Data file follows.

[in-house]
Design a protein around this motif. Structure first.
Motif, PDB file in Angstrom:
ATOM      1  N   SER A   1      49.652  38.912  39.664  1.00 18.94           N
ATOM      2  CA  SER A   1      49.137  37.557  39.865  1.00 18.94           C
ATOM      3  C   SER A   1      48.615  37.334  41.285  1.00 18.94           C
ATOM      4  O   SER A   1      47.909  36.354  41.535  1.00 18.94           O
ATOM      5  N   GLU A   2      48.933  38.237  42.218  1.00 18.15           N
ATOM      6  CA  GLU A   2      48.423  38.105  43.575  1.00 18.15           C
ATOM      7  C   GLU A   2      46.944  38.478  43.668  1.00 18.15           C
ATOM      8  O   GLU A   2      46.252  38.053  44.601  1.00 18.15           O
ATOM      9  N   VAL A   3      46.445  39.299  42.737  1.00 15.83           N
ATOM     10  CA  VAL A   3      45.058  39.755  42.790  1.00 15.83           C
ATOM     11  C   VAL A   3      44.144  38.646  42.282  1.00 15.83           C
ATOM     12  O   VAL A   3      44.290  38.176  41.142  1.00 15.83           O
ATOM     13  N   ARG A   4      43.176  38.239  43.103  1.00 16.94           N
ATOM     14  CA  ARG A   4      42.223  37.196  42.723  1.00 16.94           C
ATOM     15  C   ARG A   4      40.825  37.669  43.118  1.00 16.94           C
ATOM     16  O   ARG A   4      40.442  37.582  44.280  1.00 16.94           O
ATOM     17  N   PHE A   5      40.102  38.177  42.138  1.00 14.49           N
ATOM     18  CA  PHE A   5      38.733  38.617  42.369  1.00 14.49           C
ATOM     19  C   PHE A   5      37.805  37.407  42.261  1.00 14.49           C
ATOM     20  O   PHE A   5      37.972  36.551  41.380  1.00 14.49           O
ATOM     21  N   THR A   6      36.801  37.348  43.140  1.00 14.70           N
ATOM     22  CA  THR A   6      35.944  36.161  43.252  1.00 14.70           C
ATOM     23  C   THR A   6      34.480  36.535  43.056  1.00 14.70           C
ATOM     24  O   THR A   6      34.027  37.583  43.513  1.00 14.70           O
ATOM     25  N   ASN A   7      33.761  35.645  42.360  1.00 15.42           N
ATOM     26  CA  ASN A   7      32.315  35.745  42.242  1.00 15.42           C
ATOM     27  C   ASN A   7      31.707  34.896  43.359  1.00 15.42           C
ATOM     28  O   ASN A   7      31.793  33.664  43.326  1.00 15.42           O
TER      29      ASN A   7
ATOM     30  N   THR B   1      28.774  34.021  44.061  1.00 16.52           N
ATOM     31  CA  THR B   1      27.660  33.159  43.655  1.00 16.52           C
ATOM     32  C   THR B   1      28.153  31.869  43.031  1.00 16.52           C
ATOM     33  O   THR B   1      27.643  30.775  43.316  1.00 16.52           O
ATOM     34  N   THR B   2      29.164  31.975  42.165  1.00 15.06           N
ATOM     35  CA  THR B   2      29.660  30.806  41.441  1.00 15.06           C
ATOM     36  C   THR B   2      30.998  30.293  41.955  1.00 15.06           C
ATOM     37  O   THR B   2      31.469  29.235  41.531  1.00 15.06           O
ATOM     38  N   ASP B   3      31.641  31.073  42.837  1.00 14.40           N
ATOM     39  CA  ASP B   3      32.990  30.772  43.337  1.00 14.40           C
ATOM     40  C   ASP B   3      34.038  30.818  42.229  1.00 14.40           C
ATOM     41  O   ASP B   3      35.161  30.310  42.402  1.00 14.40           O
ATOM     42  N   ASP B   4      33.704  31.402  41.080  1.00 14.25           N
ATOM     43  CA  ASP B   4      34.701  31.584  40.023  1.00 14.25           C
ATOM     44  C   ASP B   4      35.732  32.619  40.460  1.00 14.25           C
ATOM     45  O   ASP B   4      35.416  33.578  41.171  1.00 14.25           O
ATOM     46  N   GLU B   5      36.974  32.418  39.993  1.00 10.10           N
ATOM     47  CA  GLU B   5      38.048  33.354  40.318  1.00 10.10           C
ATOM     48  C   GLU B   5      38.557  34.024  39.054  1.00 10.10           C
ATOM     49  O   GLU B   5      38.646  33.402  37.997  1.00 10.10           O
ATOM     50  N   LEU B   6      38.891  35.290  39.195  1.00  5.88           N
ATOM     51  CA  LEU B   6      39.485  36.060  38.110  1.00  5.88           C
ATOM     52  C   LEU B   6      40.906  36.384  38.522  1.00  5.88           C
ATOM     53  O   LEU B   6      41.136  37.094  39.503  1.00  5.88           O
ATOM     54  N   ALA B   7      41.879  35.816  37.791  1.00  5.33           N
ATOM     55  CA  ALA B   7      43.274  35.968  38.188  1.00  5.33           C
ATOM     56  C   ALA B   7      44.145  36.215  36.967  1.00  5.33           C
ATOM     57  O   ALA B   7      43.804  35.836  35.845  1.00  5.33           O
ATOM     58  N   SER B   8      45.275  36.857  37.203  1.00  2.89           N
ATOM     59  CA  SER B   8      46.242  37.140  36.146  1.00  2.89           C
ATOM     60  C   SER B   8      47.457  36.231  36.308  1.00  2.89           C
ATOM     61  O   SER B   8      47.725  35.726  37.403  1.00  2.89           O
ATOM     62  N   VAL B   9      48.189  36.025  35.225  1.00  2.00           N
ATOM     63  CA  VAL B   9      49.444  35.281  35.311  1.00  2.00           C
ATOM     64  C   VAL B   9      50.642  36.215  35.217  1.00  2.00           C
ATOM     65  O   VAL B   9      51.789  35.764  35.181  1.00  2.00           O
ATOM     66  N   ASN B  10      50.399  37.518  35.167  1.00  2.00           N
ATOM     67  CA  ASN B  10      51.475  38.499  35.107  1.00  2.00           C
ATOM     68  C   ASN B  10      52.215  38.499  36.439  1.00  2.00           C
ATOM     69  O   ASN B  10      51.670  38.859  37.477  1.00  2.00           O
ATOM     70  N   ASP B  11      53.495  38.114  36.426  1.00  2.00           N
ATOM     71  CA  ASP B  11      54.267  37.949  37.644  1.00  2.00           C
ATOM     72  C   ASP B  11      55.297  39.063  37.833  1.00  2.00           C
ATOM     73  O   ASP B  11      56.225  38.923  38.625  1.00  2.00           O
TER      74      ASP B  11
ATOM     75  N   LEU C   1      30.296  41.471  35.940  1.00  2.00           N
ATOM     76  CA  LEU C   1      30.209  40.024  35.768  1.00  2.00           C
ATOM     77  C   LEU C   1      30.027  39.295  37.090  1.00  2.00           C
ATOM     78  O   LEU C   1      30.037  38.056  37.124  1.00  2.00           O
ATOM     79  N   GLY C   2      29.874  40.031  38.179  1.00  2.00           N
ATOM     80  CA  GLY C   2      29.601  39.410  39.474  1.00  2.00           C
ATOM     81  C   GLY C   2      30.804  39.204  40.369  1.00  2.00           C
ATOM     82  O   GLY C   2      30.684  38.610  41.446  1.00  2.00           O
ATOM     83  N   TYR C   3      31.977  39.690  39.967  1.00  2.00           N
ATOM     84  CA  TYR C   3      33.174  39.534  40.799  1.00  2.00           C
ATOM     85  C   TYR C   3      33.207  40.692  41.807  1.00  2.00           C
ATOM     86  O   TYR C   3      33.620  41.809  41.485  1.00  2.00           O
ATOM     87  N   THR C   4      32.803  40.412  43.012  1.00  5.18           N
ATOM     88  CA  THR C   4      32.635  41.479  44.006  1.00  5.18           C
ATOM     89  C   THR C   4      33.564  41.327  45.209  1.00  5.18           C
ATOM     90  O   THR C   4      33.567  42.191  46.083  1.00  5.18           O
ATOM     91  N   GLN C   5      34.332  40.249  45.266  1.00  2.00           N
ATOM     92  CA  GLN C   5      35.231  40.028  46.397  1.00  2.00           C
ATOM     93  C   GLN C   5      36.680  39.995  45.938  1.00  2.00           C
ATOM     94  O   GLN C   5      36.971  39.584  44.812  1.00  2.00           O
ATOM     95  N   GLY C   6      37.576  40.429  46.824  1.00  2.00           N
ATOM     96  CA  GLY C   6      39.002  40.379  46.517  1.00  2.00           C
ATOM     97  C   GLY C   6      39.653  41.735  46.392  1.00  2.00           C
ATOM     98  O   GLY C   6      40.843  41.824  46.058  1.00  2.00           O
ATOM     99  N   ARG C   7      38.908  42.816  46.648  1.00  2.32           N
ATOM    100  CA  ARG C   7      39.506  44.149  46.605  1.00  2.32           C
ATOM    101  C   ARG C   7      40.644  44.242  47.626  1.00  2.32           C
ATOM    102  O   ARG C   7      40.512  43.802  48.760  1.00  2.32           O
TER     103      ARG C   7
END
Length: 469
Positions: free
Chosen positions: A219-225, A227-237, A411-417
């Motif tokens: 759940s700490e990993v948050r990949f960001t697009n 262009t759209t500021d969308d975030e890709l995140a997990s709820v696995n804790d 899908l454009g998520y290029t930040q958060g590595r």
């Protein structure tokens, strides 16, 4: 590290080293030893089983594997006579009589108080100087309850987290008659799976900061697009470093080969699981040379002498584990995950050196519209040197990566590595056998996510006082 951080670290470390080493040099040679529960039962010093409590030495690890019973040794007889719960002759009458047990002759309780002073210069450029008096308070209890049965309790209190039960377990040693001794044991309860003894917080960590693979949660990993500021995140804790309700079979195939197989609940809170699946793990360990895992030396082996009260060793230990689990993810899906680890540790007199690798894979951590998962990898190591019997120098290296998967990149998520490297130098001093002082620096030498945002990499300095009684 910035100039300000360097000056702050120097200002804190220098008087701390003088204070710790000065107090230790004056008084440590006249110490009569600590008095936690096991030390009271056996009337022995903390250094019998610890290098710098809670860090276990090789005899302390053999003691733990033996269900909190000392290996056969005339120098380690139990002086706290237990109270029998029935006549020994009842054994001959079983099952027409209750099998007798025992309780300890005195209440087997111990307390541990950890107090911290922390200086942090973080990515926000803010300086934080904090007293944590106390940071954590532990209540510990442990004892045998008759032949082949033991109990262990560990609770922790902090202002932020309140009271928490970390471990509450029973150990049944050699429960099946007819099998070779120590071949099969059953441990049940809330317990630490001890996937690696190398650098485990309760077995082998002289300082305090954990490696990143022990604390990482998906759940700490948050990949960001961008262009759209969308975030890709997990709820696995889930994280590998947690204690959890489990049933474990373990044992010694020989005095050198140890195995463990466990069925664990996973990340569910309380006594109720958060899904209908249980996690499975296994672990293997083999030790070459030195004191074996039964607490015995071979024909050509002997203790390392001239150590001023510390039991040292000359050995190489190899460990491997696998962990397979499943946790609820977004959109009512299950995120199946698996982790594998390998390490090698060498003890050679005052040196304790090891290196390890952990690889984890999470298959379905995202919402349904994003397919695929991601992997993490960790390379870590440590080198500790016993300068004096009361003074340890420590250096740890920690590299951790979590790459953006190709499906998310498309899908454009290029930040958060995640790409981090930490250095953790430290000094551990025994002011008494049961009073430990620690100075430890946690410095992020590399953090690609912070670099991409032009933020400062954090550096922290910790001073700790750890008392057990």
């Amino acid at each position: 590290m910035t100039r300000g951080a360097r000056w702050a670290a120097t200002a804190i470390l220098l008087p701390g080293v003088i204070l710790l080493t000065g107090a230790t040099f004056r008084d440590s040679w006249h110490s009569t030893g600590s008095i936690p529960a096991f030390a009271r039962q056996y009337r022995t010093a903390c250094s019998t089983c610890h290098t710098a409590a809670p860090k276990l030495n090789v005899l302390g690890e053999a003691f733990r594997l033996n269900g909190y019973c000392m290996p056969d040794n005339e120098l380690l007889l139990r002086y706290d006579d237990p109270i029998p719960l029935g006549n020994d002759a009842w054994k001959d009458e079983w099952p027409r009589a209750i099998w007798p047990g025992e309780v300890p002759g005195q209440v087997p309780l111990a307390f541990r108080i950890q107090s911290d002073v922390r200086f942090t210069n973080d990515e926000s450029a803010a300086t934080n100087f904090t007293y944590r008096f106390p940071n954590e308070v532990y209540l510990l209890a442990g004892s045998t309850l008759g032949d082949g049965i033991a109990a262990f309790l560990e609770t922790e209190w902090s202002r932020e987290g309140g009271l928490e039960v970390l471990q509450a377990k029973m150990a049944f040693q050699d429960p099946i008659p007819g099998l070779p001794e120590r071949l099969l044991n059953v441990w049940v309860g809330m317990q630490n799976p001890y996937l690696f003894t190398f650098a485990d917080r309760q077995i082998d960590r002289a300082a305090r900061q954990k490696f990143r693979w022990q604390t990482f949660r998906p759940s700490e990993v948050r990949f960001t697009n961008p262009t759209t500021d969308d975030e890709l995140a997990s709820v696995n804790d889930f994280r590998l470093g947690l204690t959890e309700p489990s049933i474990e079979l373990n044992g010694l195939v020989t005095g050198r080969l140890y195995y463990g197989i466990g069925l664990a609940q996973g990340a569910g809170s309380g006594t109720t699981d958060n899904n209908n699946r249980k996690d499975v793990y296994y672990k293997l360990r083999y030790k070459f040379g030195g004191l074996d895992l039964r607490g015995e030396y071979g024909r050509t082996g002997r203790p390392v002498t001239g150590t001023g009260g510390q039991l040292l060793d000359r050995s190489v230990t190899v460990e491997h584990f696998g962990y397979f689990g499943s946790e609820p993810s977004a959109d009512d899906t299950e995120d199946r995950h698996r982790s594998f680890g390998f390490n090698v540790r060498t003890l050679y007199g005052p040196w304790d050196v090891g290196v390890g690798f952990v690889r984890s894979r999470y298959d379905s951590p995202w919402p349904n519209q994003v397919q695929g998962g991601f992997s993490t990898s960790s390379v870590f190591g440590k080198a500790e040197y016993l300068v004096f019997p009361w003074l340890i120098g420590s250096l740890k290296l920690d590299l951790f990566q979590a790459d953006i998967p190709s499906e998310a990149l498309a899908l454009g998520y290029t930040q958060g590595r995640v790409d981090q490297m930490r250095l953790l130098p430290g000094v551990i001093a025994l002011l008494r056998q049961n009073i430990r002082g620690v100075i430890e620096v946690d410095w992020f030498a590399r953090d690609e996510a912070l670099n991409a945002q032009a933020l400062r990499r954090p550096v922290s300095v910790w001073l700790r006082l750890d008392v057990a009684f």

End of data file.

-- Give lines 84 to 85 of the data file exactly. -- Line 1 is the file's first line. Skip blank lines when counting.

ATOM     81  C   GLY C   2      30.804  39.204  40.369  1.00  2.00           C
ATOM     82  O   GLY C   2      30.684  38.610  41.446  1.00  2.00           O